CoolSculpting. Is it the answer to getting rid of stubborn pooches and love handles?

If you watch any television, you’ve probably seen ads for CoolSculpting. A non-invasive FDA approved procedure that gets rid of fat. That stubborn fat that no matter what you do, won’t go away — belly fat, love handles, saddlebags, floppy underarms, and double chins.

Dr. Maria Atkins

And, apparently, there is no shortage of people interested in trying CoolSculpting to get rid of their problem fat. At least, that’s the case for Dr. Maria Atkins. She’s co-owner and Medical Director of the Cosmetic Enhancement Center of New England, in Portland, Maine.

“We got our first machine in 2010 and it became so popular and busy we got a second machine a year later,” she said. “We now have two machines which allows us to do dual sculpting — two sides of the body at the same time, like love handles. It’s faster to do multiple areas.”

What exactly does CoolSculpting do? It freezes and ultimately destroys fat cells. But it’s important to realize that even though it can target fat in several areas on men’s and women’s bodies, not all fat is created equal.

“Men who get the real round bellies don’t do great with CoolSculpting,” explained Dr. Atkins. “That’s because that kind of fat it usually more visceral and inside the belly instead of on the surface like women get. We can’t really do a whole lot for those men, whereas women whose bellies are usually made up of soft external fat usually do really well.”

If you want to know, it’s love handles that most men try to eliminate and for women, it’s usually a belly pooch.

Mary, who is 54, had CoolSculpting done on her belly pooch and under her arms. “I try to take care of myself, but there are just certain areas,” she told me. “Even when I was a young girl, my lower stomach always had that little pooch. I wanted it to go down and it did. I’ve had two treatments and I can really tell the difference. In a few months, you definitely see a difference.”

Because it worked on her belly, Mary decided to have it done on her underarms. “I think it has helped,” she said. “I’m probably going to do it again but I’m going to wait.”

Next on the list were her outer thighs or saddlebags. “You get good results in one area,” she said, “and it’s like, wow, maybe I could do something else that bothers me.”

CoolSculpting thigh

She invited me to watch her next procedure. When I arrived, she was lying on her side with a small handpiece strapped to one thigh. She said it was different from the handpiece that was used on her belly. That one acted like a vacuum and sucked in the area that was being treated.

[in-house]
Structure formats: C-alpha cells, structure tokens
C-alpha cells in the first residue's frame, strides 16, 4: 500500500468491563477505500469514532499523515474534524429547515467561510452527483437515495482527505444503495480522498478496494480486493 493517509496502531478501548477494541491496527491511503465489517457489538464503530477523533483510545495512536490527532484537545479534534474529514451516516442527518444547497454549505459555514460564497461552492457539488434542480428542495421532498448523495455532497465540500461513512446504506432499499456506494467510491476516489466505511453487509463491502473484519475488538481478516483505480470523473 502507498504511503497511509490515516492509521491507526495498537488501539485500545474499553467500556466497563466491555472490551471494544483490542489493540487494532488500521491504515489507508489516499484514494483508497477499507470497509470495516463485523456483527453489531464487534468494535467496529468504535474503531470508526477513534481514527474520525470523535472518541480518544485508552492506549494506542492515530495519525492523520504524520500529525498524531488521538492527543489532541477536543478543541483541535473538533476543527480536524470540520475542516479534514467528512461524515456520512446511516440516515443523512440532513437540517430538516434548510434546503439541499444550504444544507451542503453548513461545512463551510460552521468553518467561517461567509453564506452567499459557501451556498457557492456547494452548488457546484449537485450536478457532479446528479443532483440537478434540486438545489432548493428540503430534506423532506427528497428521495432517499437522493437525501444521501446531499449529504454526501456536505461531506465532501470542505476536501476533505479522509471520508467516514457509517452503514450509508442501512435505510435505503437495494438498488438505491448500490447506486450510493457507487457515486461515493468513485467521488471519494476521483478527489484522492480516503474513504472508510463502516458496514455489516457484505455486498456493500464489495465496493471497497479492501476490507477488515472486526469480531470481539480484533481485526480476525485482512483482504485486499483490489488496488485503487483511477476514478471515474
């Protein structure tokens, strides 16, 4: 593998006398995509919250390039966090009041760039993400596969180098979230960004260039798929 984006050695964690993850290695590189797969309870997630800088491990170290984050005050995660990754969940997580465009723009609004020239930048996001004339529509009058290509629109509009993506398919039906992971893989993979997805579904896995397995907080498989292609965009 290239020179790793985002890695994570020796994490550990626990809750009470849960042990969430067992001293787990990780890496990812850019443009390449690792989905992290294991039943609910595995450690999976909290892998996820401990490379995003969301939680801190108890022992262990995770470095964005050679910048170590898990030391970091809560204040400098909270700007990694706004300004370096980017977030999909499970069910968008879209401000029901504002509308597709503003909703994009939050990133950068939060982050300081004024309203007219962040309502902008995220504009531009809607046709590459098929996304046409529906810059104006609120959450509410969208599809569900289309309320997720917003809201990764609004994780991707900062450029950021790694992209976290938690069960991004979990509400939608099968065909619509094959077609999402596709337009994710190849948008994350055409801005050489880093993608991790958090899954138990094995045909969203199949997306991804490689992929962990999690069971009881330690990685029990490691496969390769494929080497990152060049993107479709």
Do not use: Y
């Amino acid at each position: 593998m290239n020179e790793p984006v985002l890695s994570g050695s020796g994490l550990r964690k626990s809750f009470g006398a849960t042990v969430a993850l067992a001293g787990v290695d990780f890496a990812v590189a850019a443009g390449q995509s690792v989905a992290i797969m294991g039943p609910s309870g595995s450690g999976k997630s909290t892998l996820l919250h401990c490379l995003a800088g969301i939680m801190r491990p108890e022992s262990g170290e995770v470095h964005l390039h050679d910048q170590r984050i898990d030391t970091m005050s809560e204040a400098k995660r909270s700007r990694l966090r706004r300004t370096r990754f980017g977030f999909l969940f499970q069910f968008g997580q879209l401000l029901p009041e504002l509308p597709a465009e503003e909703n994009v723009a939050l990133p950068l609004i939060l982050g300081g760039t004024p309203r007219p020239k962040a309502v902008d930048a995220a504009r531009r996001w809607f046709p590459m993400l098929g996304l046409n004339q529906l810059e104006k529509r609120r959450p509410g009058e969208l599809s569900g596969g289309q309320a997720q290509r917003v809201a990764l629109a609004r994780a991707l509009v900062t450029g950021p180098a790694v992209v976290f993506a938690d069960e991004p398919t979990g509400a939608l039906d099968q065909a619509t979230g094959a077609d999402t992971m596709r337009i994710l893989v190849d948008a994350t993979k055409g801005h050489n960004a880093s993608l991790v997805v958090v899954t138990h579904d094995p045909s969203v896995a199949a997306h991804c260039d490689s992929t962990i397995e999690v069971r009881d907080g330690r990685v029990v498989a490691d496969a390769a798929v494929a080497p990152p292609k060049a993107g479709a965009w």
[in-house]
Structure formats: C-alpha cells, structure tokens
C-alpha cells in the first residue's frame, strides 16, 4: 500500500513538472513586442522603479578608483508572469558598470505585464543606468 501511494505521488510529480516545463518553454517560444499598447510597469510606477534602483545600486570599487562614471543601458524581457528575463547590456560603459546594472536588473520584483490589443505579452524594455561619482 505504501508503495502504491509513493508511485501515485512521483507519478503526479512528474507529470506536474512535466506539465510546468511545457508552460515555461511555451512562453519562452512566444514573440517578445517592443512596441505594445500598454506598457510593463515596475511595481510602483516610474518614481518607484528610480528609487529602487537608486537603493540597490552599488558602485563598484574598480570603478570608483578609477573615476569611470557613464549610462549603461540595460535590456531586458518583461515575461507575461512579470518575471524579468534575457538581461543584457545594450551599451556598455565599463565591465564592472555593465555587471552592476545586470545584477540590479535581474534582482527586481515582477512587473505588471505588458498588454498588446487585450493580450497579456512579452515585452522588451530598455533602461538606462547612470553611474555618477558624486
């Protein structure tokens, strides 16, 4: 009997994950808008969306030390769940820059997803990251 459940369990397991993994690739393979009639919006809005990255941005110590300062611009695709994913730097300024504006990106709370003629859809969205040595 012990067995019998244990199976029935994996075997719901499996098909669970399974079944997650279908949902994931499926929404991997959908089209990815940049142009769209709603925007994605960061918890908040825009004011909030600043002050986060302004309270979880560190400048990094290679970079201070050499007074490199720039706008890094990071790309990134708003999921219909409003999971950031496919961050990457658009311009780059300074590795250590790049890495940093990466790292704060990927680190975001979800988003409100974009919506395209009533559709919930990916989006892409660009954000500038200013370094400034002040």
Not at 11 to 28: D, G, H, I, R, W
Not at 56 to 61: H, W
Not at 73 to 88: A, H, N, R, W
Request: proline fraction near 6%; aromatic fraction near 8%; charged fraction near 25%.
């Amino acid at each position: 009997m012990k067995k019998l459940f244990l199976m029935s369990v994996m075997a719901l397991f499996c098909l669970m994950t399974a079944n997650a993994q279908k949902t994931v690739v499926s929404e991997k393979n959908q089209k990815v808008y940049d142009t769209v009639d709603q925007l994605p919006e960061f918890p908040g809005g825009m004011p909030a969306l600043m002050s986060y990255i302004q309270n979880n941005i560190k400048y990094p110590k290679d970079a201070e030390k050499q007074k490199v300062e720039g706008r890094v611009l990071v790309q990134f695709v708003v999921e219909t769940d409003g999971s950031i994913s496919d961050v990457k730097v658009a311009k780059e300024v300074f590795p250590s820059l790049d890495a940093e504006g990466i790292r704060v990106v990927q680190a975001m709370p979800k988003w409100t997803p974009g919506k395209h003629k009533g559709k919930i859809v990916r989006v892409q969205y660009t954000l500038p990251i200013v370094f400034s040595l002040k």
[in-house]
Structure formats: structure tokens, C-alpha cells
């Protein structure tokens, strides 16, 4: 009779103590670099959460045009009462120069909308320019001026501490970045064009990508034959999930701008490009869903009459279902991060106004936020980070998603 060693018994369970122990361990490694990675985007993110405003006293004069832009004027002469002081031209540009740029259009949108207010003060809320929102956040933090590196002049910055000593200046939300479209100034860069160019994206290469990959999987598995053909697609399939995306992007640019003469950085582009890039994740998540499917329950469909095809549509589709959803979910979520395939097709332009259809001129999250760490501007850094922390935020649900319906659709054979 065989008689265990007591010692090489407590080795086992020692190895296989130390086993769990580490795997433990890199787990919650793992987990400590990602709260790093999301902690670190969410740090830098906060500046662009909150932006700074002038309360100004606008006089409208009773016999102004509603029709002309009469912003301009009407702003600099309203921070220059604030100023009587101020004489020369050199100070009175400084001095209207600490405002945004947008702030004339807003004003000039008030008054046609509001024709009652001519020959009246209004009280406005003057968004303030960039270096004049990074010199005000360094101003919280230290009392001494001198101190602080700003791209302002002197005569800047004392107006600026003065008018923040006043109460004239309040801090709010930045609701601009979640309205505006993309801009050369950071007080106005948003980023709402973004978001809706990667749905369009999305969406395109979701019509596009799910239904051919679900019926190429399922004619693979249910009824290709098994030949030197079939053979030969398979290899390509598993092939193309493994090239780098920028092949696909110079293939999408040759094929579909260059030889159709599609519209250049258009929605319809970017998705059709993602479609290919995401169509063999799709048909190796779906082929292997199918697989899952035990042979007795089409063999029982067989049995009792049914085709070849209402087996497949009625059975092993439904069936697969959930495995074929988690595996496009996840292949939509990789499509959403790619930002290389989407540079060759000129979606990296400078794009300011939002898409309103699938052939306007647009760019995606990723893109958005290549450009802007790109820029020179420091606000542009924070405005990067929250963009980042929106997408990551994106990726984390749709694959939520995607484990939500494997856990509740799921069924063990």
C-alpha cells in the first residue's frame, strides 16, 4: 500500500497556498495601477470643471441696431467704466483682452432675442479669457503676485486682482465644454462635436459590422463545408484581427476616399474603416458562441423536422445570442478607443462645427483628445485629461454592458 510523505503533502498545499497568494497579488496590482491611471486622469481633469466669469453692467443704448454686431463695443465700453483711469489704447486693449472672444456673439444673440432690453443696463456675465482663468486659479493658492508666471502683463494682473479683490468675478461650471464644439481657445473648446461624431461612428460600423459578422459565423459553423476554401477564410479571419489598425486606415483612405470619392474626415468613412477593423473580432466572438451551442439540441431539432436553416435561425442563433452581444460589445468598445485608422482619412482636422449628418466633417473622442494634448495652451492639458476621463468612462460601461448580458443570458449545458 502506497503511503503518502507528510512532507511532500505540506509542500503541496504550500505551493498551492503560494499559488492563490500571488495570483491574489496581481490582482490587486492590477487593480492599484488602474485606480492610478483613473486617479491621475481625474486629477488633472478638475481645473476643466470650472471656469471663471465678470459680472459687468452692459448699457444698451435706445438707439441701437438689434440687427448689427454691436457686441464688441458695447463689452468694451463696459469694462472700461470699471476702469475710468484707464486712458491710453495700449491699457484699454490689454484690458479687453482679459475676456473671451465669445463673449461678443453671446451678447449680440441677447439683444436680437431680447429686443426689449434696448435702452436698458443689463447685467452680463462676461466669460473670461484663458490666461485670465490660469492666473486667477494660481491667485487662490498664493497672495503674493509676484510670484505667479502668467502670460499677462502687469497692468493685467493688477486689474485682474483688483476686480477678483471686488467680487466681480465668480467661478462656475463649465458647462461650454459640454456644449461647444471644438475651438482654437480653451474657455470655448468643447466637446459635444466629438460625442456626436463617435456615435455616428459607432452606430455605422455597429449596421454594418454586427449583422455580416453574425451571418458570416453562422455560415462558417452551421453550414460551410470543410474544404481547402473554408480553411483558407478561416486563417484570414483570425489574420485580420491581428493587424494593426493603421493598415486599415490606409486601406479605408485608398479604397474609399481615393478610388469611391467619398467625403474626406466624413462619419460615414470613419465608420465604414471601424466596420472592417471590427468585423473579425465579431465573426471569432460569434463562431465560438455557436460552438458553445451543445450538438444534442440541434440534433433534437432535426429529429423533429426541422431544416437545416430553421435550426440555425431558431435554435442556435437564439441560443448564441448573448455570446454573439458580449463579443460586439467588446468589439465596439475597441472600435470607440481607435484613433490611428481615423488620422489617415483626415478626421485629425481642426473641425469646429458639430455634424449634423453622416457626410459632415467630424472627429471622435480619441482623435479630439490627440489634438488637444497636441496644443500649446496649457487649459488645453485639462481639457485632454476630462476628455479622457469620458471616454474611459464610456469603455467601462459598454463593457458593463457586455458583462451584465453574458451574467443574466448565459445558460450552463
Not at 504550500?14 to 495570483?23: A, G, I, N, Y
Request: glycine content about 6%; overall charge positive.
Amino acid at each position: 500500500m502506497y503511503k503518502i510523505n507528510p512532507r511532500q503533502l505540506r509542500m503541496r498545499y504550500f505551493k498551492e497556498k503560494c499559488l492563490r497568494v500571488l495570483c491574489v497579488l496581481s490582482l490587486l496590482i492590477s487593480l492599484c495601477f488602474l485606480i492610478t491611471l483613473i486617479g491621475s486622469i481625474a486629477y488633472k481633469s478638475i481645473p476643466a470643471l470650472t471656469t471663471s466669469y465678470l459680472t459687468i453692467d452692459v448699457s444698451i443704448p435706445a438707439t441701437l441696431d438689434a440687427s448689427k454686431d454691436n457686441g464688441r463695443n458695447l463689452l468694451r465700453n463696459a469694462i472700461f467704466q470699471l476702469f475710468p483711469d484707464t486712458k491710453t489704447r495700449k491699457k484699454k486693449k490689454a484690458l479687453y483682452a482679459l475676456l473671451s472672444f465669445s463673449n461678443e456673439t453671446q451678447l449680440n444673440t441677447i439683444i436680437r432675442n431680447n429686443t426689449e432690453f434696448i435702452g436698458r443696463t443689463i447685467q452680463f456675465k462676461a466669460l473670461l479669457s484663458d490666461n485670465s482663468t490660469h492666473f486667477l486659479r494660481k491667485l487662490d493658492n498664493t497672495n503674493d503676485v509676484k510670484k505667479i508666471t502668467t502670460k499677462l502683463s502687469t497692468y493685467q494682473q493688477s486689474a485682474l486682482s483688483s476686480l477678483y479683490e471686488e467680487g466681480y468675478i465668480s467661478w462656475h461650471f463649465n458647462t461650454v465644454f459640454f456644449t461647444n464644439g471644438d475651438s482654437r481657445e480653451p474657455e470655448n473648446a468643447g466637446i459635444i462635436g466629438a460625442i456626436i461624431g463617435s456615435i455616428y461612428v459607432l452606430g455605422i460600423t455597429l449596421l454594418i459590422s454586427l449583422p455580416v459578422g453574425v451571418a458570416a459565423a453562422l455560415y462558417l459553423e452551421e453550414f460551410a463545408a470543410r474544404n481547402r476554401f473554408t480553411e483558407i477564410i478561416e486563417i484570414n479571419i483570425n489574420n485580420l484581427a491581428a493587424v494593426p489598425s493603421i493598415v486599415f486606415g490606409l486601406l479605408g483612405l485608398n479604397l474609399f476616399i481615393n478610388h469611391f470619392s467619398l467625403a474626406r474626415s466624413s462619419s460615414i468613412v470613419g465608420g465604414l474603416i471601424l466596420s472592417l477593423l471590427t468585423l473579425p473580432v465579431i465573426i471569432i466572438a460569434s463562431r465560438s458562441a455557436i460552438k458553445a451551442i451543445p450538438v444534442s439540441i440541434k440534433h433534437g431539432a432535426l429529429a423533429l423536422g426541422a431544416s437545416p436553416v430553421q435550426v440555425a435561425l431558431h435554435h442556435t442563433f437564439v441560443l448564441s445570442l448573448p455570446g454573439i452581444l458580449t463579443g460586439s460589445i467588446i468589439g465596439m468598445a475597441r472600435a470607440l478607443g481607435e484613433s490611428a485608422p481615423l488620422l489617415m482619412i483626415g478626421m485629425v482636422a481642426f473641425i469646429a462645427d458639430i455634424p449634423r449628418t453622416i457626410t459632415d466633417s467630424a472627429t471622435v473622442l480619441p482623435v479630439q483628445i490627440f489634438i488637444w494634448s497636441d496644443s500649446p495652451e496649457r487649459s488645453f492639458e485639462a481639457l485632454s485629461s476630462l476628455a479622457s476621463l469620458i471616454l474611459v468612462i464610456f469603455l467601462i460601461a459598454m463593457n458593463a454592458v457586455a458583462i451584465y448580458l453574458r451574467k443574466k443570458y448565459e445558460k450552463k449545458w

This time, the handpiece rested firmly against her skin. In both cases, when the CoolSculpting machine was turned on, the temperature dropped and the freezing began.

Dr. Atkins explained that studies have shown that you can freeze fat without freezing other cells. “You can bring the fat cells down to a temperature that injures the fat cells but does not injure the water containing cells — the blood cells, the nerve cells, the skin cells,” she said. “Fat cells are injured to the point that many of them die off and get reabsorbed by the body.”

Mary looked pretty comfortable during her procedure, which took about 45 minutes per side. I asked if it hurt at all. “It hurts for just a few minutes when it’s getting really cold,” she said. “After that, you don’t really feel any pain. Kind of goes numb, you don’t feel anything.”

Red skin after CoolSculpting

When her time was up, Carolee Lumb, who’s a medical assistant and CoolSculpting specialist, peeled off the handpiece to reveal a very red rectangle. Essentially, a block of ice under the skin.

The next step involved massaging that block of ice to enhance results. When Mary had her belly done, the massage was done by hand. But this time, instead of a massage, Carolee used an ultrasound device called a Z-wave to deliver several minutes of high energy radial shock waves. “It was more like a banging feeling,” said Mary. “It didn’t hurt as much as somebody kneading your skin.”

Watch this short video to see how it’s done.

No matter what area you target with CoolSculpting, don’t expect to see immediate results.

“In the first three weeks, your skin on the surface is going to be a little bit numb,” explained Dr. Atkins. “There could be a little bit of swelling depending on the area that you treat. It may also feel a little itchy. That goes away after day 8 and then it just starts to get better and better. You’ll  see a reduction even as soon as a couple weeks afterward, but full reduction in the fat pad is about two months later, which is when we usually repeat the treatment to get more of a reduction.”

When Mary had her belly done the first time, she noticed a change after about two months. The fat that was destroyed will not come back, but she knows there’s always the risk she’ll develop new stores of fat. That means she plans to stay active and pay attention to what she eats.

“I think CoolSculpting is good for people who take care of themselves,” she said. “People who go to the gym and have spots they just can’t get rid of.  I think that’s what it’s good for.”

There’s been such a demand for CoolSculpting and other procedures, Dr. Atkins says they’ve outgrown their space and will be moving to a new, bigger facility sometime next spring.

And how much does a CoolSculpting procedure cost? It depends on the size of the handpiece needed to cover the area. At Dr. Atkin’s practice, a large one is $1400. Since it usually takes more than one treatment to get desired results, she said she offers tiered pricing.

Diane Atwood

About Diane Atwood

For more than 20 years, Diane was the health reporter on WCSH 6. Before that, a radiation therapist at Maine Medical Center and after, Manager of Marketing/PR at Mercy Hospital. She now hosts and produces the Catching Health podcast and writes the award-winning blog Catching Health with Diane Atwood.